Blog January 2018

CIRCUMSTANCES BEYOND YOUR CONTROL... AKA BOATING

Posted On: January 30, 2018

At some point you're probably going to have to remove a fine threaded fitting.

Even if you're not hands-on, you may be stuck with the job due to circumstances beyond your control, commonly known as "boating."

Exceptionally fine threads seem to be used in the most strategic of circumstances, meaning if you strip them you're really screwed, pun intended. Typically you run into this problem on a diesel, and it's usually on the very high pressure injector pipes where they mate to the injector or the injector pump. Once you free two such fittings they're going to be difficult to rethread, particularly, as with diesel fuel pipes, if they're misaligned. And you're almost sure to misalign them at least a little if you need to bend the pipe back to separate the fitting. Avoid bending that pipe at all costs, even if it means disconnecting at both ends to avoid the bend. Better still, avoid completely unscrewing the threads. Typically this issue arises if you're bleeding your diesel, but you don't need to completely unthread the connection to accomplish the bleeding. But if you're not careful, you'll strip those threads when you're trying to re-mate them and end up spending a lot of money.

To get your parts rejoined, don't try to screw one part on to the other. Screw it OFF the other. Make sure your surroundings are quiet. Mate the two parts carefully, have the threads touching, press them together gently, and unscrew part A from part B as you press it toward part B. Listen closely. When you hear the threads quietly click it'll mean that they're probably just in place to mate and then, without reorienting the parts, start screwing the fitting on with fingers only. This is a precise operation, but if you do it carefully it can save a lot of time and perhaps a lot of money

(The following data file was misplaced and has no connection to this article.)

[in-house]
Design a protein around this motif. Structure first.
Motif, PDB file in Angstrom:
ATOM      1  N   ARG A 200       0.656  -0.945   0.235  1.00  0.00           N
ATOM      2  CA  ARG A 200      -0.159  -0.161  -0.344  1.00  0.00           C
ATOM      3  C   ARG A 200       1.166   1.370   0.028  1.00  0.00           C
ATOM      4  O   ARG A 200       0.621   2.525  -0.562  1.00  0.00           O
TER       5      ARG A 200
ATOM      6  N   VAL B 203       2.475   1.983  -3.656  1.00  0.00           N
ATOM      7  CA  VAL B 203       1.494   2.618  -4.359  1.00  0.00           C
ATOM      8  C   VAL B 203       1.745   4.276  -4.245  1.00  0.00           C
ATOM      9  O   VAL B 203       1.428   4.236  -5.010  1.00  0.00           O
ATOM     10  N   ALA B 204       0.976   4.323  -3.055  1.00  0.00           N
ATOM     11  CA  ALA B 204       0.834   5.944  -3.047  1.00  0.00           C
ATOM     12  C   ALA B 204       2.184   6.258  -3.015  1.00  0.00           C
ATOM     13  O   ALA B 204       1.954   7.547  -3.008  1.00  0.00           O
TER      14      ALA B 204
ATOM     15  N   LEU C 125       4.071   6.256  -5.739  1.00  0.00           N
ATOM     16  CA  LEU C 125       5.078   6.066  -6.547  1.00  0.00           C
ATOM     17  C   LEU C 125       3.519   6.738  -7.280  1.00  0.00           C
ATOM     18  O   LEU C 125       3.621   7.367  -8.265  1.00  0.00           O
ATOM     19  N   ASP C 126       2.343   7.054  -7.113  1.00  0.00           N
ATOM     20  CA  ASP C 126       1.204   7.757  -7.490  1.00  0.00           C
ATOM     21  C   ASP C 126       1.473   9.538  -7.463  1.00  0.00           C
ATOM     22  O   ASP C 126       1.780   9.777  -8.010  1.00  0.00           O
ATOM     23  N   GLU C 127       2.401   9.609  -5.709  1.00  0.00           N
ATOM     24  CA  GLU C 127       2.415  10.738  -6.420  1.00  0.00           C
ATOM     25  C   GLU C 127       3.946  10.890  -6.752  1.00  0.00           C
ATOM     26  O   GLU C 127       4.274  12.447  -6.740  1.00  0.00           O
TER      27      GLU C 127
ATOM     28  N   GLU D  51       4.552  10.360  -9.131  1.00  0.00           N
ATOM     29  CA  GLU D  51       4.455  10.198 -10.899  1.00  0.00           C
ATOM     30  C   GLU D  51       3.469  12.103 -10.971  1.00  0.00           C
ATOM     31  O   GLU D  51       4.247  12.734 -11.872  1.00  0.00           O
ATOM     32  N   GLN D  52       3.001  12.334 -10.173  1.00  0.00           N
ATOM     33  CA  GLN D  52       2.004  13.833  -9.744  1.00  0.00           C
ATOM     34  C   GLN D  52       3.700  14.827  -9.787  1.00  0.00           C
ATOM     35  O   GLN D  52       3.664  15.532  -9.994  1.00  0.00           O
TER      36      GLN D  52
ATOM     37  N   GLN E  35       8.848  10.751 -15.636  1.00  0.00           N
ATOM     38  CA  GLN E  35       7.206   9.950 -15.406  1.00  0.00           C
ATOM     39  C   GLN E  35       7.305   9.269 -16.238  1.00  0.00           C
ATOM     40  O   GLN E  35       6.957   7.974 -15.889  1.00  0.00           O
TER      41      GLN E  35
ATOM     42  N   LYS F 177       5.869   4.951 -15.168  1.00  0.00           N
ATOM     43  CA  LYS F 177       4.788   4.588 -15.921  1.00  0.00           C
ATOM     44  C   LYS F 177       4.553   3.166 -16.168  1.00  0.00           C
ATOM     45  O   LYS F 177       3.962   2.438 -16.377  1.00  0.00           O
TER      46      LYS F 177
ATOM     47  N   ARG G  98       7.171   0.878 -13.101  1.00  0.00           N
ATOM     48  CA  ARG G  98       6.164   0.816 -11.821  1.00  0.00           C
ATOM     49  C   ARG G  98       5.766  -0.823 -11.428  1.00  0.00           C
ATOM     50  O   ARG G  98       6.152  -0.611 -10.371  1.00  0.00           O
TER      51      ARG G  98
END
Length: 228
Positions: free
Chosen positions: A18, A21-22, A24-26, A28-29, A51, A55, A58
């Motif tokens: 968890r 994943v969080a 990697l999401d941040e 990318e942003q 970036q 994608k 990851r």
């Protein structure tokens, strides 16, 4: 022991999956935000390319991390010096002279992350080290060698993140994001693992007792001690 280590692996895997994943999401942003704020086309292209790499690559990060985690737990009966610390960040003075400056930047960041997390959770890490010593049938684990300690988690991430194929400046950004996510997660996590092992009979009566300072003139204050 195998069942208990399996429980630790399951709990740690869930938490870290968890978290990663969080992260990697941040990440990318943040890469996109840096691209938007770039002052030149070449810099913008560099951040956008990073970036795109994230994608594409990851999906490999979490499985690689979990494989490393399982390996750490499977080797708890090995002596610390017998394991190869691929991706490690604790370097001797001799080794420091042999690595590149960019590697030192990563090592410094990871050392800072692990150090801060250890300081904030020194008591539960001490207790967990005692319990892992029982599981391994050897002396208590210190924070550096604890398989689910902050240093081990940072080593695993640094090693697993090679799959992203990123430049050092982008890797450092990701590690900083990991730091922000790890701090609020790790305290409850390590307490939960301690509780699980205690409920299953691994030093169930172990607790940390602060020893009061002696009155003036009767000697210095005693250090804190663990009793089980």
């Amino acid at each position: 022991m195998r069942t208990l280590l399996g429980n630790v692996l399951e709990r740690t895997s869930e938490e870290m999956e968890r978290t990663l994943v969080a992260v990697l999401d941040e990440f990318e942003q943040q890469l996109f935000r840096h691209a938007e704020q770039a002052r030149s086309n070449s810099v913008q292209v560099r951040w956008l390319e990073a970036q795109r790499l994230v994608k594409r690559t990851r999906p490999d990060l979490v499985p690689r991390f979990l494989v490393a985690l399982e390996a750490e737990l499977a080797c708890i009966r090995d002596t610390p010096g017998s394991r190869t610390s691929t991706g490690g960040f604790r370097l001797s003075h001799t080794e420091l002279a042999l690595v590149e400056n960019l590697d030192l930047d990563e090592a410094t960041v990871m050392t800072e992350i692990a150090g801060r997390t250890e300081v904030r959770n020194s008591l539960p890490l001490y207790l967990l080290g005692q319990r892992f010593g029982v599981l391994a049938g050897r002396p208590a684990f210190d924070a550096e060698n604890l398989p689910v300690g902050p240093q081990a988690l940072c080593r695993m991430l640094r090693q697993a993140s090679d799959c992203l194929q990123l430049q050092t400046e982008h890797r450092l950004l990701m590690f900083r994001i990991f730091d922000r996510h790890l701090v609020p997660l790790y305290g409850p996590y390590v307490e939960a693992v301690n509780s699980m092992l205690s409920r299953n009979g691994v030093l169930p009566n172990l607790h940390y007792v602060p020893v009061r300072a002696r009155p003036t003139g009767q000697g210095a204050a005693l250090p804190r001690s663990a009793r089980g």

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SAIL SAFE

Posted On: January 25, 2018


A Sailing Safety Alternative

Smart sailors know that in rough weather or at night it's wise to wear a tether or safety lanyard, especially when the crew has to leave the safety of the cockpit to reef the mainsail, change sails, or work on the exposed foredeck.

It's common to rig jacklines — lines strung along the deck from bow to stern that allow a harnessed crewmember to clip a tether on while still in the security of the cockpit and then move forward. But that very thing that protects you could be a hazard.

Many sailors like to use stainless-steel wire for jacklines, which, although undeniably strong, can roll underfoot, potentially throwing the sailor off balance.

Instead, try using 1-inch-wide nylon webbing. It's plenty strong enough, won't roll underfoot, and best of all won't make a noise or scratch your deck like stainless-steel wire can.

One drawback is durability from UV exposure. Plastimo, one manufacturer of nylon webbing jacklines, recommends replacing them after a cumulated period of two years of outdoor exposure.

Still, it's a simple idea worth considering

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RUN AGROUND? HERE'S WHAT TO EXPECT

Posted On: January 23, 2018